Marco Rubio's Life Is about to Get Complicated

Flickr/Gage Skidmore
Marco Rubio has had a pretty charmed political life. He rose quickly through the ranks in the Florida legislature, won a Senate seat without too much trouble at the tender age of 39, then suddenly found himself the " Republican savior " a mere two years after arriving in Washington. At a time when the GOP is desperate to appeal to Latinos, he's a young, smart, dynamic Latino who could be their presidential nominee in 2016. What could go wrong? Immigration reform, that's what. Many elite Republicans feel, and not without reason, that while supporting comprehensive reform might not win them the votes of Latinos, opposing it will pretty much guarantee that those votes will be lost to them. And Rubio almost has no choice but to be one of the leaders, if not the leader, of the party in that effort. He can't be the Great Latino Hope if he isn't. Trouble is, lots and lots of rank-and-file Republicans, particularly the kind who vote in presidential primaries, don't much like reform the way it...

Call It What You Will

President Obama speaking about the bombing in Boston.
Conservatives sometimes complain about the "language police" on the left who keep them from using the colorful words and phrases they learned at their pappys' knees, when those words and phrases turn out to be offensive to people. But the truth is that nobody pays the kind of careful attention to language the right does. They're forever telling us that the truth of President Obama's radicalism can be found not in his actions but in a thing he said one time, or on the other hand, criticizing him for something he failed to say. (For some reason, Rudy Giuliani was particularly obsessed with this. He loved to say about a speech an opponent made, "He never said the words 'islamo-fascist terror killers!' How can we trust that he understands the world's dangers if he won't say that???") It's a faith in the power of words to change the world and reveal the truth that I'm sure linguists find touching. From what I can tell, conservatives were getting only mildly pre-angry at Obama for not...

The Gosnell Case and the Two Kinds of Media Criticism

Fox is on it.
As you might have heard, conservatives are up in arms that the trial of Kermit Gosnell, the Philadelphia abortion doctor charged with multiple murder counts, hasn't gotten more coverage. They claim that the media have ignored the story because of their pro-choice bias. You should read Scott Lemieux's five lessons of the case, but a lot of liberals have been shaking their heads over conservatives' complaints, because the right's argument about the case is wrong in almost every one of its particulars. The truth is that though there hasn't been a lot of coverage in the mainstream media until now, many feminist writers have written about the case at length. And what allowed this horror to happen is exactly what conservatives want more of: a system where there are few (or no) legitimate abortion providers, sending poor women with few options to the back alleys, where they can be preyed upon by people like Gosnell. But I want to talk about the media angle to all this. As Kevin Drum points...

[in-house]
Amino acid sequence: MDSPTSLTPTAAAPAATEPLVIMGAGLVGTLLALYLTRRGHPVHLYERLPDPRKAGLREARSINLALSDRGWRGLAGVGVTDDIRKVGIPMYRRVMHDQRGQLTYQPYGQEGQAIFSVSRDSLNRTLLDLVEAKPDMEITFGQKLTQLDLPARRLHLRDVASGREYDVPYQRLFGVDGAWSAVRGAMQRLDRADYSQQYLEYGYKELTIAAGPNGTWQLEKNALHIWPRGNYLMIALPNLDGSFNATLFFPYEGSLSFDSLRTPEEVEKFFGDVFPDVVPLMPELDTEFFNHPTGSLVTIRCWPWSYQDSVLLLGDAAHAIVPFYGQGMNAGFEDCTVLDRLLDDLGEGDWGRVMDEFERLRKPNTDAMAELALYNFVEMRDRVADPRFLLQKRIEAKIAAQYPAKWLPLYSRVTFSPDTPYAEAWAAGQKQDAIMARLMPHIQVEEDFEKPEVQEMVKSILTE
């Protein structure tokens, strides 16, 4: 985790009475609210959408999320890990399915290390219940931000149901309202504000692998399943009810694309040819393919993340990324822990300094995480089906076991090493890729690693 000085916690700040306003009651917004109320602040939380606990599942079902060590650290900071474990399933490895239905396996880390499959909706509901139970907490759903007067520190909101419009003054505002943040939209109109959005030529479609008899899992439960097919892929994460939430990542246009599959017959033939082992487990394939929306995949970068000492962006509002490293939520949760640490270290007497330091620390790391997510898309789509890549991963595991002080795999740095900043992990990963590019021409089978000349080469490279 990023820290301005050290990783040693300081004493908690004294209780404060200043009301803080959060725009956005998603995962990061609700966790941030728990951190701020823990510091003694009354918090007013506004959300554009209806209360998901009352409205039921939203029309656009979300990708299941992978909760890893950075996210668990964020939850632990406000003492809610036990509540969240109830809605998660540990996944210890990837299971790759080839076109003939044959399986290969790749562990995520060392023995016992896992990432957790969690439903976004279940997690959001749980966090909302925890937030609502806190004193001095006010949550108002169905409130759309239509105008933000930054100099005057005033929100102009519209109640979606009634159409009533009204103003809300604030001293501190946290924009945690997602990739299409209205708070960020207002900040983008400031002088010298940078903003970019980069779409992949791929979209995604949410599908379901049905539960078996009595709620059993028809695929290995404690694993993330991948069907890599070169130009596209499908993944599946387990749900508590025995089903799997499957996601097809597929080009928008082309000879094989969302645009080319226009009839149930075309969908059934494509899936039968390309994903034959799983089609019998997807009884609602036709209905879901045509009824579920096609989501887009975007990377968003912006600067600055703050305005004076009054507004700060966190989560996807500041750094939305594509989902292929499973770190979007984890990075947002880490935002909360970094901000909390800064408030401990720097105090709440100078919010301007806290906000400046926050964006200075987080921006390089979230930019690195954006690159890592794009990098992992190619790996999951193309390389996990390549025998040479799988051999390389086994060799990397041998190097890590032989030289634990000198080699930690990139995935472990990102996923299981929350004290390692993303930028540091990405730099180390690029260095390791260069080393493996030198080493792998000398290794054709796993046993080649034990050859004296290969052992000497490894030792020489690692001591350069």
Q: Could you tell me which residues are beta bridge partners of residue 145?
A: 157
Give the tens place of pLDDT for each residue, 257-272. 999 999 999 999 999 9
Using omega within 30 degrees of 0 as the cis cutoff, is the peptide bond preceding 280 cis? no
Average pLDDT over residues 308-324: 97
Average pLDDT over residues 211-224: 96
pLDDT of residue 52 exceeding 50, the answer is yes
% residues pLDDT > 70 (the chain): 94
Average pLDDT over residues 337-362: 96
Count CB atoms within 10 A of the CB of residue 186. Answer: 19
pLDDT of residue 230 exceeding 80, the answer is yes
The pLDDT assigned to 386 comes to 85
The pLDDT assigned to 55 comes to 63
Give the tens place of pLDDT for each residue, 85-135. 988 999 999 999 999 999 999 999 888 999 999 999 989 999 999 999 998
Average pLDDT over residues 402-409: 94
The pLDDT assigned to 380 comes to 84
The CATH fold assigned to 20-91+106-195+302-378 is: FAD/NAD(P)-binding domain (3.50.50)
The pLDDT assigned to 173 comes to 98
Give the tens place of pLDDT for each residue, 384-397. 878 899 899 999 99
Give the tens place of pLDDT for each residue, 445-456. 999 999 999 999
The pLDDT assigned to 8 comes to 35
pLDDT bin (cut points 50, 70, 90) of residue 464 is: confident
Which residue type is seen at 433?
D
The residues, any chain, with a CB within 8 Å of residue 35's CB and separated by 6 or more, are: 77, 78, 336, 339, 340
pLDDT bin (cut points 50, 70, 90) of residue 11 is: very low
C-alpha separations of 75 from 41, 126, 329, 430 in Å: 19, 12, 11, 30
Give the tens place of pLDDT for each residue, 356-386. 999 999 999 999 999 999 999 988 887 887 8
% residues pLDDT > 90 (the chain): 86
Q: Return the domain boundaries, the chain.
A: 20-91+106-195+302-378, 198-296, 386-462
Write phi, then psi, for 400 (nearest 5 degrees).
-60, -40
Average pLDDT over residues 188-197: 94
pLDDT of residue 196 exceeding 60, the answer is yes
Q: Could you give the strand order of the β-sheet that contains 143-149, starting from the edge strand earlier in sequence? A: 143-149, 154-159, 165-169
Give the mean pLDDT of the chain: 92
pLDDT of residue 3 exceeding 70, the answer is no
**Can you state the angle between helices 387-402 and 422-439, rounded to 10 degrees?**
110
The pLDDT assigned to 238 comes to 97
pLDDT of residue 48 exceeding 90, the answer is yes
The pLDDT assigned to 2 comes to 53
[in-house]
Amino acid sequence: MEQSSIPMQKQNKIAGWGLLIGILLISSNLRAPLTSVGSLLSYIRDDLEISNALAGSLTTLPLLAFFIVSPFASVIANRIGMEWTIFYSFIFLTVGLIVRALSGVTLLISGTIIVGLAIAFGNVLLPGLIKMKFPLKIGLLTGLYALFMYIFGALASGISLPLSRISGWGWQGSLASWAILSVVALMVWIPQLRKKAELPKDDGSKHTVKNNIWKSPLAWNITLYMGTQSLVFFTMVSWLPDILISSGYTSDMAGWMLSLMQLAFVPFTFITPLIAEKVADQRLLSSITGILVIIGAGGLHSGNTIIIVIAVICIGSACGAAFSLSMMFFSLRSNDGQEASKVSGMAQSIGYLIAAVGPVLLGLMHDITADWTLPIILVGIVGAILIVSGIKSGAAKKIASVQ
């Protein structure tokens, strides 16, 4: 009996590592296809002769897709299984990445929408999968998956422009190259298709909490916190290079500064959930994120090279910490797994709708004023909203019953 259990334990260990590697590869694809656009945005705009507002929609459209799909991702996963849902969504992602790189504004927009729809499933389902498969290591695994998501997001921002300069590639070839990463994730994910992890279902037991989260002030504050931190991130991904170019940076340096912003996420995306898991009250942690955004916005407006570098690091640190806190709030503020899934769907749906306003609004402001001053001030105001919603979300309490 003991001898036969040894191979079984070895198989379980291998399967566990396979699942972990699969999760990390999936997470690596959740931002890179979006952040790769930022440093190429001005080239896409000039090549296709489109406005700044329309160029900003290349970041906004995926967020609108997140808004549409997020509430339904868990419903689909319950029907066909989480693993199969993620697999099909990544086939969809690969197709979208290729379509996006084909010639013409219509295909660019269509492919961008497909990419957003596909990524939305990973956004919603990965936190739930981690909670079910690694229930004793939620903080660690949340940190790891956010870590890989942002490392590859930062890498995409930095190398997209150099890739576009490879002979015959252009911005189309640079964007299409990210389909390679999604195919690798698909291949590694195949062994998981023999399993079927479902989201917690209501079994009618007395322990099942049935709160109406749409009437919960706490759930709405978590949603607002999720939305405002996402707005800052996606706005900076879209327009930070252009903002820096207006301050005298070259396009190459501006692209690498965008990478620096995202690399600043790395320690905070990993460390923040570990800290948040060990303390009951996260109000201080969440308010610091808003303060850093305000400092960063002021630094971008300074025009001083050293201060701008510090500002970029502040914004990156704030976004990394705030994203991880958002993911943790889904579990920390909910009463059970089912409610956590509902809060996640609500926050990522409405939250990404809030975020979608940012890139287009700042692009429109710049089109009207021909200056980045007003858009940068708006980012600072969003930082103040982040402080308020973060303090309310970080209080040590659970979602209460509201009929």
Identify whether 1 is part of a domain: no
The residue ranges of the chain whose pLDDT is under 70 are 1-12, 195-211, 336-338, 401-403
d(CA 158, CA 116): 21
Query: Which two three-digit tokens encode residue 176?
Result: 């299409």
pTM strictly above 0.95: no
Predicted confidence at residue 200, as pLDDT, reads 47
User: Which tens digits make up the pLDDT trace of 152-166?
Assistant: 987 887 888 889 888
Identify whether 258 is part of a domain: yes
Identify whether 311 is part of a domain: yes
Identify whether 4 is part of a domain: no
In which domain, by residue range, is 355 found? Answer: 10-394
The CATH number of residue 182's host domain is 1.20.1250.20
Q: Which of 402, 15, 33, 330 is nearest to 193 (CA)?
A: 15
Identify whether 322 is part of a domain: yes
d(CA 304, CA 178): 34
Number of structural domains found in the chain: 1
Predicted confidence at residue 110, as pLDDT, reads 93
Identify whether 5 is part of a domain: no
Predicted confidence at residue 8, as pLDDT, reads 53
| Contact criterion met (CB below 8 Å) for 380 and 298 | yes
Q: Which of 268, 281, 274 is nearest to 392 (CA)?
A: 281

I Want Your Tax

Flickr/soukup
Today is tax day, the yearly opportunity for millions of Americans to shake their fists at the government and declare their contempt for the ideas of mutual concern and collective responsibility. So on this most practical of days, it's good to remind ourselves of some realities. First, the taxes we pay are, by international standards, fairly modest. Second, despite what some would have you believe, the wealthy are not crushed by the burden of taxation. And third, though nobody particularly enjoys giving part of their income to the government, taxes are the price we pay for having an advanced, democratic society. If you like living in a place where you aren't afraid of foreign invasion, if you like knowing that when you retire you'll get Medicare and Social Security, if you like living in a country with parks and roads and police and air traffic controllers and a legal system and food inspectors and water and sewage systems and schools and a thousand things you weren't thinking about...